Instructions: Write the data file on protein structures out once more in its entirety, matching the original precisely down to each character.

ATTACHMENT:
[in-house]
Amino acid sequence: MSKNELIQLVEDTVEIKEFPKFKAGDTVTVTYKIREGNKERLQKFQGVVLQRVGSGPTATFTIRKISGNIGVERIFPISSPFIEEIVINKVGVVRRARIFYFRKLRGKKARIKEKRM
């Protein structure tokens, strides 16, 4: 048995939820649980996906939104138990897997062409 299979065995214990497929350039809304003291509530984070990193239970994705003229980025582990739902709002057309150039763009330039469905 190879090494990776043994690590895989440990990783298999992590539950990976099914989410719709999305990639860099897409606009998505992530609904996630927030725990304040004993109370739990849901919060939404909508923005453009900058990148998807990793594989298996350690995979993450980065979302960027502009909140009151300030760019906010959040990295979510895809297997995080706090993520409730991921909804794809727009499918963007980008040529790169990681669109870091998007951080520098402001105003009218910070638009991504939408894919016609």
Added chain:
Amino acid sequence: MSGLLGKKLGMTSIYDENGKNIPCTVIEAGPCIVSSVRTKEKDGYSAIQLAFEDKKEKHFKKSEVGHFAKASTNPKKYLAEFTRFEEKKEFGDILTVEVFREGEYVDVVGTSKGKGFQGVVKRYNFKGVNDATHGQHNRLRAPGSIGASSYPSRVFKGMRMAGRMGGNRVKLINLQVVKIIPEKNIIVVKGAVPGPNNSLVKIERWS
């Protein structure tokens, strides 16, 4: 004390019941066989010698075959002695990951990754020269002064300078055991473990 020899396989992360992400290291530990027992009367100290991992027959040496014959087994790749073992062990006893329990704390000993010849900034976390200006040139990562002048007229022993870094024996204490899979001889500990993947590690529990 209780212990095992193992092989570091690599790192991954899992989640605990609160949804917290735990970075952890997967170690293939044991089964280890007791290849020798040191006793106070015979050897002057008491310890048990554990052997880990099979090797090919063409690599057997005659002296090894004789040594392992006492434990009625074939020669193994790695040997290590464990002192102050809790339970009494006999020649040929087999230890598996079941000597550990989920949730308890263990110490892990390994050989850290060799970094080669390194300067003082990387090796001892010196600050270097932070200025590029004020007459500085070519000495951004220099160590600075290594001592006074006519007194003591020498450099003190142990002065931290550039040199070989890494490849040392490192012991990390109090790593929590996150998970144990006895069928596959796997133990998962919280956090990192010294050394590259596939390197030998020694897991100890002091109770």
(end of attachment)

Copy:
[in-house]
Amino acid sequence: MSKNELIQLVEDTVEIKEFPKFKAGDTVTVTYKIREGNKERLQKFQGVVLQRVGSGPTATFTIRKISGNIGVERIFPISSPFIEEIVINKVGVVRRARIFYFRKLRGKKARIKEKRM
């Protein structure tokens, strides 16, 4: 048995939820649980996906939104138990897997062409 299979065995214990497929350039809304003291509530984070990193239970994705003229980025582990739902709002057309150039763009330039469905 190879090494990776043994690590895989440990990783298999992590539950990976099914989410719709999305990639860099897409606009998505992530609904996630927030725990304040004993109370739990849901919060939404909508923005453009900058990148998807990793594989298996350690995979993450980065979302960027502009909140009151300030760019906010959040990295979510895809297997995080706090993520409730991921909804794809727009499918963007980008040529790169990681669109870091998007951080520098402001105003009218910070638009991504939408894919016609």
Added chain:
Amino acid sequence: MSGLLGKKLGMTSIYDENGKNIPCTVIEAGPCIVSSVRTKEKDGYSAIQLAFEDKKEKHFKKSEVGHFAKASTNPKKYLAEFTRFEEKKEFGDILTVEVFREGEYVDVVGTSKGKGFQGVVKRYNFKGVNDATHGQHNRLRAPGSIGASSYPSRVFKGMRMAGRMGGNRVKLINLQVVKIIPEKNIIVVKGAVPGPNNSLVKIERWS
């Protein structure tokens, strides 16, 4: 004390019941066989010698075959002695990951990754020269002064300078055991473990 020899396989992360992400290291530990027992009367100290991992027959040496014959087994790749073992062990006893329990704390000993010849900034976390200006040139990562002048007229022993870094024996204490899979001889500990993947590690529990 209780212990095992193992092989570091690599790192991954899992989640605990609160949804917290735990970075952890997967170690293939044991089964280890007791290849020798040191006793106070015979050897002057008491310890048990554990052997880990099979090797090919063409690599057997005659002296090894004789040594392992006492434990009625074939020669193994790695040997290590464990002192102050809790339970009494006999020649040929087999230890598996079941000597550990989920949730308890263990110490892990390994050989850290060799970094080669390194300067003082990387090796001892010196600050270097932070200025590029004020007459500085070519000495951004220099160590600075290594001592006074006519007194003591020498450099003190142990002065931290550039040199070989890494490849040392490192012991990390109090790593929590996150998970144990006895069928596959796997133990998962919280956090990192010294050394590259596939390197030998020694897991100890002091109770």